William, too bad you can't have a face-to-face interview with the Seal team that conducted this operation where you could confront them with your ridiculous accusation that they "botched" the raid. If they had mistakenly attacked the wrong target and killed innocent people that would be a botched raid. Presumably you would be calling it a successful operation had they called in air support and leveled the compound and killed everybody in it. However, they chose not to as their objective was to take Godane alive without causing civilian casualties. Intel is almost never perfect, and until boots are on the ground a full assessment of the battlefield is difficult if not impossible. Though they did not capture their target, they exercised good judgment in responding to the situation on the ground and pulled out without sustaining casualties. That is not a "botched" operation, and for you to characterize it as such is insulting to our men and women in uniform. 

MazzarothDarkman
MazzarothDarkman

The SEALs command should have incorporated Kenya Navy in a more robust operation probably involving a naval blockade of Barawe for a period of at least a month.... 

Openminded1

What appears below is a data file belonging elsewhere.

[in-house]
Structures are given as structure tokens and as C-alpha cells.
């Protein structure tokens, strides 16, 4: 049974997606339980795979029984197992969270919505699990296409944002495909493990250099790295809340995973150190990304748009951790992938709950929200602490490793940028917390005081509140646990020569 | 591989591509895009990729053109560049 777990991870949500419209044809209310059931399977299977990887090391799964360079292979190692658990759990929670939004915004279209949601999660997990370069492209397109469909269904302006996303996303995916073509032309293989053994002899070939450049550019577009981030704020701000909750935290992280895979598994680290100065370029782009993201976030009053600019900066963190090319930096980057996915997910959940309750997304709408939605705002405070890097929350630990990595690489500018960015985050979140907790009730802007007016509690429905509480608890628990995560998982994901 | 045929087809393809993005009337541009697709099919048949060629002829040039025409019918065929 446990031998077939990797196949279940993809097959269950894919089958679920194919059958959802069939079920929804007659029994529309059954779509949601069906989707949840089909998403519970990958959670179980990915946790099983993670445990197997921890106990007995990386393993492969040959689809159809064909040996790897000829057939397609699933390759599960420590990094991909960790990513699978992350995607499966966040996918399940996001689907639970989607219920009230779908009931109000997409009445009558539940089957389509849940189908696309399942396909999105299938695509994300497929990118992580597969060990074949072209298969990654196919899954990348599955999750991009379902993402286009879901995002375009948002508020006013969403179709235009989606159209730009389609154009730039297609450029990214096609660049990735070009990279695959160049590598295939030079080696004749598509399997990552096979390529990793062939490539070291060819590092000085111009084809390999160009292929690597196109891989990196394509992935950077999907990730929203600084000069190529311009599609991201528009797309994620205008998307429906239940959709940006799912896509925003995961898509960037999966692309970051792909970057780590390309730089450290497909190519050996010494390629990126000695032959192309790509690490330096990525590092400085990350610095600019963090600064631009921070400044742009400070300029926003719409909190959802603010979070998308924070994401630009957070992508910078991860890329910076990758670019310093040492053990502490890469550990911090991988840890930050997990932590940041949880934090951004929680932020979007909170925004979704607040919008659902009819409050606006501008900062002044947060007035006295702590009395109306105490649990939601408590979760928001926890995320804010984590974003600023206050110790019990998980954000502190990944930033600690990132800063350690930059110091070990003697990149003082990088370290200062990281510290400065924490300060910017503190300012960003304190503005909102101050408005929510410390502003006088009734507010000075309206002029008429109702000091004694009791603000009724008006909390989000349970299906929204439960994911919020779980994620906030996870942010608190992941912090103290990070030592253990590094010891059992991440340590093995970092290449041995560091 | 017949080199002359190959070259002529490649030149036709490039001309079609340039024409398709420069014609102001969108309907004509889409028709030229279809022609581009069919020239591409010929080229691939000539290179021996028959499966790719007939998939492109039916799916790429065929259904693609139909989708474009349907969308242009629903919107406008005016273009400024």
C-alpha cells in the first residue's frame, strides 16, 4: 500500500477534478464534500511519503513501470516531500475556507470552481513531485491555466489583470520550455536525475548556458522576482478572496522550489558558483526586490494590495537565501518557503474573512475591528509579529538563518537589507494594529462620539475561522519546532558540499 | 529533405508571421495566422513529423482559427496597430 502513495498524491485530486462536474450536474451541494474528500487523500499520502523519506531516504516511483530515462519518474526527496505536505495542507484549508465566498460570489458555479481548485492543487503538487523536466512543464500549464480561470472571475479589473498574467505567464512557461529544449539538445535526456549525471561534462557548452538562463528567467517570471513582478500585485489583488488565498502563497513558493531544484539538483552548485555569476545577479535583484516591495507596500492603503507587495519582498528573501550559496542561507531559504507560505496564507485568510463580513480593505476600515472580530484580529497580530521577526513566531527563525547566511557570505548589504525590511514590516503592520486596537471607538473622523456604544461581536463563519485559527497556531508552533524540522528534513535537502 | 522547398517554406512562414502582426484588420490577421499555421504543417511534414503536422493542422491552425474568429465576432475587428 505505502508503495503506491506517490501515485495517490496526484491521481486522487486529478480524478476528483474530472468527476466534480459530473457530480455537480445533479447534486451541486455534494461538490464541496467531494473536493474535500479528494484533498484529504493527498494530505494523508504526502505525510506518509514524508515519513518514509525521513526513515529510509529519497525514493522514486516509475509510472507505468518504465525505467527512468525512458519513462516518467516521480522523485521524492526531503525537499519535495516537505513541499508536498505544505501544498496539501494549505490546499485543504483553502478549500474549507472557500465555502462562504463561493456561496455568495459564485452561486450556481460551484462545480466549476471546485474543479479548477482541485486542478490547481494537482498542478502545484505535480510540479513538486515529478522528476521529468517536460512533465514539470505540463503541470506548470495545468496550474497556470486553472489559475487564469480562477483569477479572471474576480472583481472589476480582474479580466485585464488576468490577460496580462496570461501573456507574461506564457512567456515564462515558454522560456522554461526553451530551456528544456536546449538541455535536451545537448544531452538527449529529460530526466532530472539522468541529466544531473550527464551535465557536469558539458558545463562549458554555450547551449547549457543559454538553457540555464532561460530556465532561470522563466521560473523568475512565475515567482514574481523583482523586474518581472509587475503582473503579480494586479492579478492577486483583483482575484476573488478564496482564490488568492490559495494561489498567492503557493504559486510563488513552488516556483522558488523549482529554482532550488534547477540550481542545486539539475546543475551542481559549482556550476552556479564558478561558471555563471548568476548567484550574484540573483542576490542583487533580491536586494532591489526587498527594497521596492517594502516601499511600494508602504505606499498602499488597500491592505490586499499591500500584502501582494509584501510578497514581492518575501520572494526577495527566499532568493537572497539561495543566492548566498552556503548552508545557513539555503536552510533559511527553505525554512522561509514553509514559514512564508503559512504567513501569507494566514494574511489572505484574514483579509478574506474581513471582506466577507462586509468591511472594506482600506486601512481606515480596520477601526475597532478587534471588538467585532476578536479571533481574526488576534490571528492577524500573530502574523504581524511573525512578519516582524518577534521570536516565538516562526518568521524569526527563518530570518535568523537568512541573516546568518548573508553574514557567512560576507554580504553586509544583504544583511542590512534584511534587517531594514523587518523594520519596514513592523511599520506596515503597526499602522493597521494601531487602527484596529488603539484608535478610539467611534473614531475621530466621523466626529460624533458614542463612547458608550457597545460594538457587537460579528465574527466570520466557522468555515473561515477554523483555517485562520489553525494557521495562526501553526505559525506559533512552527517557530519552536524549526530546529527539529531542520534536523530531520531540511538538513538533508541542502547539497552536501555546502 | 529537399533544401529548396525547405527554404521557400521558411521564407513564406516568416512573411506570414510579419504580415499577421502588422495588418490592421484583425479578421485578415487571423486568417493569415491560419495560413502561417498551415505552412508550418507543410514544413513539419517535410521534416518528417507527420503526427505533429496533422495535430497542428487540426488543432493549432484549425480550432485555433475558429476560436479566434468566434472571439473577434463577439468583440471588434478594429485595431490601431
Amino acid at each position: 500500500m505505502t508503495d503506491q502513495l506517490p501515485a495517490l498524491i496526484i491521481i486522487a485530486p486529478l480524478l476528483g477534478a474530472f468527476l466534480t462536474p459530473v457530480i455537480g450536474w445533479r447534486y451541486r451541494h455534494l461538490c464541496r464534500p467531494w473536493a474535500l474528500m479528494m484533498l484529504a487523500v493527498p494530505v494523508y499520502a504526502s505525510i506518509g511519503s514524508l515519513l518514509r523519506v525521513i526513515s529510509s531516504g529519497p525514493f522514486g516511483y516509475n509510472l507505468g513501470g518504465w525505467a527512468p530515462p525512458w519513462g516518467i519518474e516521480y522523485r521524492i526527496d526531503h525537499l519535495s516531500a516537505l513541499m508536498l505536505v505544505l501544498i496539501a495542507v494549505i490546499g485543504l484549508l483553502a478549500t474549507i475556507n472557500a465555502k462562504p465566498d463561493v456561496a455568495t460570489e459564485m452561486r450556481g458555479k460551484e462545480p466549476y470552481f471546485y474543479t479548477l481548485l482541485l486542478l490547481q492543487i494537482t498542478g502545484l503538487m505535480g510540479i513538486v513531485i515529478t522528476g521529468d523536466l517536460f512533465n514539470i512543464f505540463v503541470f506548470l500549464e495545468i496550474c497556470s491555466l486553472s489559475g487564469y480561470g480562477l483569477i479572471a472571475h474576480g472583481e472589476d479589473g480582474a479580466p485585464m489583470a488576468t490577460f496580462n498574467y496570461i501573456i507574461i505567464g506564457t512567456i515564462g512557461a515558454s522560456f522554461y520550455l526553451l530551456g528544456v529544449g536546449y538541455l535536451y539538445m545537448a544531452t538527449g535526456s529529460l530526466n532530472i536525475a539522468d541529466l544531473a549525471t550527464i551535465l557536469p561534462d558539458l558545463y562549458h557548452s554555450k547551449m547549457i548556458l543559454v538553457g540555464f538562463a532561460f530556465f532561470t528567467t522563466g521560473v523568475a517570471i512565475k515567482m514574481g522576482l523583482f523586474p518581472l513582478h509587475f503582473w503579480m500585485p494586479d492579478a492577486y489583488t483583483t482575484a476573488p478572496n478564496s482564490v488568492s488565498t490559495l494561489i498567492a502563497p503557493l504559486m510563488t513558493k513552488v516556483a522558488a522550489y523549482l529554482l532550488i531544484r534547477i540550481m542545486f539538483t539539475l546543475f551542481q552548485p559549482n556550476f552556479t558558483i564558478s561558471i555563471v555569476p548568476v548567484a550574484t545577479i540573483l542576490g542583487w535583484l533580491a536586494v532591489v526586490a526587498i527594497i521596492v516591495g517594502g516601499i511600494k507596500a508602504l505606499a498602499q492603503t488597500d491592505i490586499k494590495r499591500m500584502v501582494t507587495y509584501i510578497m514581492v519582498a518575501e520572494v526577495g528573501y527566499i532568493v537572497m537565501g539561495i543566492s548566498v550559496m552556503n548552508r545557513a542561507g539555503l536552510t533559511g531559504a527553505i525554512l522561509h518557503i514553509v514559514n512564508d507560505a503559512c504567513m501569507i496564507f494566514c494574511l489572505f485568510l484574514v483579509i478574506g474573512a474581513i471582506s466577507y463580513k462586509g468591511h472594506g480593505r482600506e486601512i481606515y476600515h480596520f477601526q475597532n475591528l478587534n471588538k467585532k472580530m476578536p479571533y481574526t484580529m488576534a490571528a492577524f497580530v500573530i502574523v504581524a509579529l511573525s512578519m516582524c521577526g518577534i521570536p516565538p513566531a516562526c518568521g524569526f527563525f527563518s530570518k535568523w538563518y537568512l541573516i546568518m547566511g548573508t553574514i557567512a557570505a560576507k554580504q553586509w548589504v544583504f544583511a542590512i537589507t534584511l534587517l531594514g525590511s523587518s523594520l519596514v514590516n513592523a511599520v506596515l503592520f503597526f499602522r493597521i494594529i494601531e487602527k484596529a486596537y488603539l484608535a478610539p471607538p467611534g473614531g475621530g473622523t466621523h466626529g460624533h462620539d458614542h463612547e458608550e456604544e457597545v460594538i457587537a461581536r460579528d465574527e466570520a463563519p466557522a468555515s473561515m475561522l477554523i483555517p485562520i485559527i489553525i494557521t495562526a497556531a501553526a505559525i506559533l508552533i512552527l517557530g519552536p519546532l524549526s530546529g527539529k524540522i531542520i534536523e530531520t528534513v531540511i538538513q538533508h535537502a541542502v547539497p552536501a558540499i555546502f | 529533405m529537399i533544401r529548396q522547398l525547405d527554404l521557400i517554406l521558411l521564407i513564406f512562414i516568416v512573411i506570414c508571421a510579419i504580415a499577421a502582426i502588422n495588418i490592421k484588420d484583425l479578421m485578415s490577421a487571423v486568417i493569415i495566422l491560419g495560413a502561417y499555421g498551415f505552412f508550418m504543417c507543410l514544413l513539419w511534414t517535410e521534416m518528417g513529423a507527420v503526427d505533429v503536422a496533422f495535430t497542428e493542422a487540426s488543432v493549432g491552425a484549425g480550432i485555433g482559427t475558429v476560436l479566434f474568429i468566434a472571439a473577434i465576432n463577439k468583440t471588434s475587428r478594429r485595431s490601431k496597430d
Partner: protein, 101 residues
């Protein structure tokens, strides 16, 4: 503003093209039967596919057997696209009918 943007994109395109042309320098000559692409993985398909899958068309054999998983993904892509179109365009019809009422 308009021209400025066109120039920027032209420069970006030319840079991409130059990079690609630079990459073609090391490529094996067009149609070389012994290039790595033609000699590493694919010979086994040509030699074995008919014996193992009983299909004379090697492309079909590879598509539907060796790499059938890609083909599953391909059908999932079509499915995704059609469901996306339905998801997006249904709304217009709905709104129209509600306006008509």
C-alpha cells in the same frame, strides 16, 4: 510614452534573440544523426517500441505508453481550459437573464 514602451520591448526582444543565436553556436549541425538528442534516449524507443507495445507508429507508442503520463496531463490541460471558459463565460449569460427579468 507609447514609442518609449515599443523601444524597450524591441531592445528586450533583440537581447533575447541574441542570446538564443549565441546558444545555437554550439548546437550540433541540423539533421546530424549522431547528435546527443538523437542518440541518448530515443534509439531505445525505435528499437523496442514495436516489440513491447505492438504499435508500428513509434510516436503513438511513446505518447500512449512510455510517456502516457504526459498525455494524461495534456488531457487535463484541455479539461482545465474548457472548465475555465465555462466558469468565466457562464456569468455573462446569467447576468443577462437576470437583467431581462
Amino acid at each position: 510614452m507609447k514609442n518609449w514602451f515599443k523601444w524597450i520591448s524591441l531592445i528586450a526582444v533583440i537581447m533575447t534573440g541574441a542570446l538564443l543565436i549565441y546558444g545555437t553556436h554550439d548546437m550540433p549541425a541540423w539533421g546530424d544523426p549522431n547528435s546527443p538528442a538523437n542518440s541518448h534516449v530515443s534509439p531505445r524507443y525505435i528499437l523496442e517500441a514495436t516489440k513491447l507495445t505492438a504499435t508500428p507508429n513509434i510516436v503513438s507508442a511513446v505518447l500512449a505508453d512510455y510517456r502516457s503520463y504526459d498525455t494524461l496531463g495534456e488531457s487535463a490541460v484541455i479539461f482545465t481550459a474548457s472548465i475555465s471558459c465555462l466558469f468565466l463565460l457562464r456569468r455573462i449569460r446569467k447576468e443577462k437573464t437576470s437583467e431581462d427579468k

Openminded1

It appears the problem is always revolving around the so called peaceful people, know as Muslims. The bleeding heart liberals are so naive and soft they fall for their smiles in this country. Even with the worlds unrest and everything that has happened here in the U.S, every murder and act of terrorism these Muslim radicals have caused the Libs still stay do not generalize. You dummys better generalize these morons do not wear name tags with the words I am peacefulmuslim and I am a killer muslim. You have to assume they are all killers.

outgoing123
outgoing123

@Openminded1 "assume all Muslims are killers"????  wow...kill them all, nuke them, just drop an atomic bomb on them... what about the ones living in us? I know, just create concentration camps with some nice ovens....

"open minded"!!!   what an idiot.

Openminded1
Openminded1

@outgoing123 @Openminded1 No the idiot is you, no one said anything about nuking anyone dummy The issue is trust and that they can not be trusted . Their track record dumb ass speaks for it self. You must be the typical bleeding heart liberal or a holy roller either way the ones  living in the U.S. if you want to trust them go right ahead, Remember The Boston Brothers were liked and trusted too. 

Openminded1
Openminded1

@prismus @Openminded1 @outgoing123 You are not real bright are you? You are new to posting on here so I will cut you some slack dummy. My user name number #1 is meant to be Ironic I am a retired 30 police veteran and still carry a gun so once again you are a dummy and your logic is way off or you donot comprehend very well.

prismus
prismus

@Openminded1 @outgoing123 

You are the dumb ass and your username is a sort of an oxymoron. With your logic, we should put all owners of handguns behind bars. What an idiot!